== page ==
Image: U.S. F-16 fighter jet arrives at a military base in Balad, north of Baghdad July 13, 2015. On Monday, a first batch of four F-16s landed at Balad air base north of Baghdad, an Iraqi air force officer said. Authorities said the planes would join operations in Anbar within days.
WASHINGTON (Reuters) – The U.S. government has approved the probable sale to Iraq of smart bombs, AIM-9M Sidewinder missiles and other munitions for use on its fleet of 36 F-16 fighter jets in a deal valued at up to $1.95 billion, the U.S. Defense Department announced on Wednesday.
The Pentagon’s Defense Security Cooperation Agency, which oversees foreign arms sales, said it notified U.S. lawmakers on Jan. 15 about the potential sale to Iraq, which is fighting to regain territory lost to Islamic State militants.
Lawmakers have 30 days to block the sale, although such action is rare since weapons deals are carefully vetted before any formal notification.
DSCA said the proposed sale, which also includes technical support, base operations, maintenance and manpower, would require about 400 U.S. government and contractor personnel to live in Iraq through 2020. It said the deal would contribute to U.S. national security by giving Iraq the additional weapons, munitions, and technical services it needs to maintain the operational capabilities of its fleet of F-16 fighter jets.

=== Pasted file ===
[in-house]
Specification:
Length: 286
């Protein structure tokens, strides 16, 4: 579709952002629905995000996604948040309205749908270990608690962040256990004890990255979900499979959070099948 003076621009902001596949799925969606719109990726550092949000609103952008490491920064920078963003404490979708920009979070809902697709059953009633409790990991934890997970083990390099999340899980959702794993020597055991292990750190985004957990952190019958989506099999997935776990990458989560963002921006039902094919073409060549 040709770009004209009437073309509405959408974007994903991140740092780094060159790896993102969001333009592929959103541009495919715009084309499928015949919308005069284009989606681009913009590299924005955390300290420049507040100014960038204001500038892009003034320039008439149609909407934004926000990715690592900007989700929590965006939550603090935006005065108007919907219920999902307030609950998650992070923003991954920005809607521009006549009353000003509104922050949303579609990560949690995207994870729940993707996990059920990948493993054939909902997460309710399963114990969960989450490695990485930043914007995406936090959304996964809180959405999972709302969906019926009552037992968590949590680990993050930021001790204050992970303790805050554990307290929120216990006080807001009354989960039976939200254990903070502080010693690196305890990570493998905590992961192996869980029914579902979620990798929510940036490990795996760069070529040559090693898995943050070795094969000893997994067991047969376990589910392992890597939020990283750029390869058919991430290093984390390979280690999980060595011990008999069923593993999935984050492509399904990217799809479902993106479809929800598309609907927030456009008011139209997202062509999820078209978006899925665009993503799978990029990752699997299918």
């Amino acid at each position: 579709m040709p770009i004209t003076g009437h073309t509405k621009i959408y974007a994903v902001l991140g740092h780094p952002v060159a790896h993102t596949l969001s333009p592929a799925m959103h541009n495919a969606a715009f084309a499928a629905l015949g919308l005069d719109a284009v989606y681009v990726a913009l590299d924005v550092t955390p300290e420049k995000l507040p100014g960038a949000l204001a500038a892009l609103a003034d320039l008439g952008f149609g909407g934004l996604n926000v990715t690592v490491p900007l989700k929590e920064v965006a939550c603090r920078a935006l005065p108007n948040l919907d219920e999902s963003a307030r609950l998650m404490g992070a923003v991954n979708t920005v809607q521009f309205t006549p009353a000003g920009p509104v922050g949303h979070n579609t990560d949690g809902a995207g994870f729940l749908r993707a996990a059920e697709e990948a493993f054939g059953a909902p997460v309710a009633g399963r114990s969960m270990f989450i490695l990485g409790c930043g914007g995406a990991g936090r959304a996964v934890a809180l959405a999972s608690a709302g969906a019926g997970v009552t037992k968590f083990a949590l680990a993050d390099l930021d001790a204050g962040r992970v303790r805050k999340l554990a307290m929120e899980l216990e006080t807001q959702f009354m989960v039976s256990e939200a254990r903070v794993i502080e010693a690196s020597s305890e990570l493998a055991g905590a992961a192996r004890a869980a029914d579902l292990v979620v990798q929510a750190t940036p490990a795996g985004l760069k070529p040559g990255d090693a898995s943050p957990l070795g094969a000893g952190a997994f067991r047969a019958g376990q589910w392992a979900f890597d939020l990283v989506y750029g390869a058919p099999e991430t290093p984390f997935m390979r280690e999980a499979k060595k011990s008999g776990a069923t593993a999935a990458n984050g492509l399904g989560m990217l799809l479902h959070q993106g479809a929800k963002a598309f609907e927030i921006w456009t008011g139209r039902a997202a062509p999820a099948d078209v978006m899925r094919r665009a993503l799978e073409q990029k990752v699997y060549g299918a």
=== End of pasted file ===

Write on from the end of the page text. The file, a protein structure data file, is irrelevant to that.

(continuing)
“This proposed sale enables Iraq to fully maintain and employ its aircraft and sustain pilot training to effectively protect Iraq from current and future threats,” it’said in a statement about the proposed sale.
If approved, key contractors for the sale would include Lockheed Martin Corp, Raytheon Co, and United Technologies Corp, it’said.
DSCA said Iraq had requested 20 Joint Helmet Mounting Cueing Systems, 24 AIM-9M Sidewinder missiles built by Raytheon, 150 AGM-65D Maverick missiles, also built by Raytheon, 14,120 500-pound general purpose bombs, 2,400 2,000-pound general purpose bombs and over 8,000 laser-guided tail kits to add precision targeting to those bombs.
The agency said the value of the major defence equipment in the deal was around $550 million, with the remainder to go for logistics, training and other personnel costs.
(Reporting by Andrea Shalal; Editing by Tom Brown)
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